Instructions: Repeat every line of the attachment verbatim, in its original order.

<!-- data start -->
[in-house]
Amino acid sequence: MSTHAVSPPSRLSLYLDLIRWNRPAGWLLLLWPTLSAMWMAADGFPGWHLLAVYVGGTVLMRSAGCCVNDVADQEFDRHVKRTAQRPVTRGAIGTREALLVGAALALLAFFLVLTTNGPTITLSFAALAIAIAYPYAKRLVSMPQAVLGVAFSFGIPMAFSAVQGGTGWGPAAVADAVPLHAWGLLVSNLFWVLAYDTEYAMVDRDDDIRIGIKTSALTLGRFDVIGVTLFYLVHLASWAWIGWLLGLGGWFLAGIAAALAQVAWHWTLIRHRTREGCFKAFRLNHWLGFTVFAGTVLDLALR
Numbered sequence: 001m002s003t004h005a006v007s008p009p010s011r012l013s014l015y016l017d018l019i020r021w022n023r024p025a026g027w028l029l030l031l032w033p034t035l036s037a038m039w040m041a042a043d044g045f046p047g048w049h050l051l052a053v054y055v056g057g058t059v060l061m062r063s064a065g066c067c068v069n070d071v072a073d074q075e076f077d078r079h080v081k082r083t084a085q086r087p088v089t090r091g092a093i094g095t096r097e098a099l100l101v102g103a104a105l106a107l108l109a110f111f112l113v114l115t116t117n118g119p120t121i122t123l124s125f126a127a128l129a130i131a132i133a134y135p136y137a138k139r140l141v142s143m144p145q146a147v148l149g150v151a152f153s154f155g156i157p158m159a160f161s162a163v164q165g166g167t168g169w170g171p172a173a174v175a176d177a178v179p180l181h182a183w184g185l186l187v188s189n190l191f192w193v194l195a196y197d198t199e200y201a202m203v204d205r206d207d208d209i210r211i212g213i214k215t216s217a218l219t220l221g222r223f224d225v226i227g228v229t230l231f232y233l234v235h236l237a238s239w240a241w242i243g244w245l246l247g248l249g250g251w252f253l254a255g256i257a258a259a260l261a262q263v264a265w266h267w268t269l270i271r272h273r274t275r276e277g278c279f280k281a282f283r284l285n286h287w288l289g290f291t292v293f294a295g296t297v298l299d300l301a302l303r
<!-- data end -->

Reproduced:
[in-house]
Amino acid sequence: MSTHAVSPPSRLSLYLDLIRWNRPAGWLLLLWPTLSAMWMAADGFPGWHLLAVYVGGTVLMRSAGCCVNDVADQEFDRHVKRTAQRPVTRGAIGTREALLVGAALALLAFFLVLTTNGPTITLSFAALAIAIAYPYAKRLVSMPQAVLGVAFSFGIPMAFSAVQGGTGWGPAAVADAVPLHAWGLLVSNLFWVLAYDTEYAMVDRDDDIRIGIKTSALTLGRFDVIGVTLFYLVHLASWAWIGWLLGLGGWFLAGIAAALAQVAWHWTLIRHRTREGCFKAFRLNHWLGFTVFAGTVLDLALR
Numbered sequence: 001m002s003t004h005a006v007s008p009p010s011r012l013s014l015y016l017d018l019i020r021w022n023r024p025a026g027w028l029l030l031l032w033p034t035l036s037a038m039w040m041a042a043d044g045f046p047g048w049h050l051l052a053v054y055v056g057g058t059v060l061m062r063s064a065g066c067c068v069n070d071v072a073d074q075e076f077d078r079h080v081k082r083t084a085q086r087p088v089t090r091g092a093i094g095t096r097e098a099l100l101v102g103a104a105l106a107l108l109a110f111f112l113v114l115t116t117n118g119p120t121i122t123l124s125f126a127a128l129a130i131a132i133a134y135p136y137a138k139r140l141v142s143m144p145q146a147v148l149g150v151a152f153s154f155g156i157p158m159a160f161s162a163v164q165g166g167t168g169w170g171p172a173a174v175a176d177a178v179p180l181h182a183w184g185l186l187v188s189n190l191f192w193v194l195a196y197d198t199e200y201a202m203v204d205r206d207d208d209i210r211i212g213i214k215t216s217a218l219t220l221g222r223f224d225v226i227g228v229t230l231f232y233l234v235h236l237a238s239w240a241w242i243g244w245l246l247g248l249g250g251w252f253l254a255g256i257a258a259a260l261a262q263v264a265w266h267w268t269l270i271r272h273r274t275r276e277g278c279f280k281a282f283r284l285n286h287w288l289g290f291t292v293f294a295g296t297v298l299d300l301a302l303r